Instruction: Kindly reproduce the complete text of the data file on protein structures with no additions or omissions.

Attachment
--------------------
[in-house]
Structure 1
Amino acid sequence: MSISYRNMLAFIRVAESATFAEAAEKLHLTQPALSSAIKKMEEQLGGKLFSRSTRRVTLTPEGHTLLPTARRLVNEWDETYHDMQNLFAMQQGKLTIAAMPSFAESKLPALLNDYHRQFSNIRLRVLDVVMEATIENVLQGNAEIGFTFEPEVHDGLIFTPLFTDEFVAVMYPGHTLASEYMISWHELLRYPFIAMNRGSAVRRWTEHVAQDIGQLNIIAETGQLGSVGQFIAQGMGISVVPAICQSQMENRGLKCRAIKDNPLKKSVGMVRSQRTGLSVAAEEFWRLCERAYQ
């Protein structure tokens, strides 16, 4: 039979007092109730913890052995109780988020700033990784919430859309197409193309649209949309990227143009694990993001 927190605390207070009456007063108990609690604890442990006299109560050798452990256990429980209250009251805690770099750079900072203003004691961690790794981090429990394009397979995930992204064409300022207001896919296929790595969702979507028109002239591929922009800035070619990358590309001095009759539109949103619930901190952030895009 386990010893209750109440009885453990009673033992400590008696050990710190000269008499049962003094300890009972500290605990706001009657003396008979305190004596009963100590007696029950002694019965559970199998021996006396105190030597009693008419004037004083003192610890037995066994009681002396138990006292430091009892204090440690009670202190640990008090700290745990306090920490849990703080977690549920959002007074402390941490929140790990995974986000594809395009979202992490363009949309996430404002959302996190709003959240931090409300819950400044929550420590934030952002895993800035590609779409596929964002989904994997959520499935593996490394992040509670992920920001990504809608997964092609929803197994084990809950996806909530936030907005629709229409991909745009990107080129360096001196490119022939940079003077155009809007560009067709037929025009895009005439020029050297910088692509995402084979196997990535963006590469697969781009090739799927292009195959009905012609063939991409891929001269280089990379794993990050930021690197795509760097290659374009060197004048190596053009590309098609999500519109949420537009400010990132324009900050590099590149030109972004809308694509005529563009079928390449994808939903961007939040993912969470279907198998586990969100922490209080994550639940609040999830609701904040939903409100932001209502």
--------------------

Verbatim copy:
[in-house]
Structure 1
Amino acid sequence: MSISYRNMLAFIRVAESATFAEAAEKLHLTQPALSSAIKKMEEQLGGKLFSRSTRRVTLTPEGHTLLPTARRLVNEWDETYHDMQNLFAMQQGKLTIAAMPSFAESKLPALLNDYHRQFSNIRLRVLDVVMEATIENVLQGNAEIGFTFEPEVHDGLIFTPLFTDEFVAVMYPGHTLASEYMISWHELLRYPFIAMNRGSAVRRWTEHVAQDIGQLNIIAETGQLGSVGQFIAQGMGISVVPAICQSQMENRGLKCRAIKDNPLKKSVGMVRSQRTGLSVAAEEFWRLCERAYQ
């Protein structure tokens, strides 16, 4: 039979007092109730913890052995109780988020700033990784919430859309197409193309649209949309990227143009694990993001 927190605390207070009456007063108990609690604890442990006299109560050798452990256990429980209250009251805690770099750079900072203003004691961690790794981090429990394009397979995930992204064409300022207001896919296929790595969702979507028109002239591929922009800035070619990358590309001095009759539109949103619930901190952030895009 386990010893209750109440009885453990009673033992400590008696050990710190000269008499049962003094300890009972500290605990706001009657003396008979305190004596009963100590007696029950002694019965559970199998021996006396105190030597009693008419004037004083003192610890037995066994009681002396138990006292430091009892204090440690009670202190640990008090700290745990306090920490849990703080977690549920959002007074402390941490929140790990995974986000594809395009979202992490363009949309996430404002959302996190709003959240931090409300819950400044929550420590934030952002895993800035590609779409596929964002989904994997959520499935593996490394992040509670992920920001990504809608997964092609929803197994084990809950996806909530936030907005629709229409991909745009990107080129360096001196490119022939940079003077155009809007560009067709037929025009895009005439020029050297910088692509995402084979196997990535963006590469697969781009090739799927292009195959009905012609063939991409891929001269280089990379794993990050930021690197795509760097290659374009060197004048190596053009590309098609999500519109949420537009400010990132324009900050590099590149030109972004809308694509005529563009079928390449994808939903961007939040993912969470279907198998586990969100922490209080994550639940609040999830609701904040939903409100932001209502």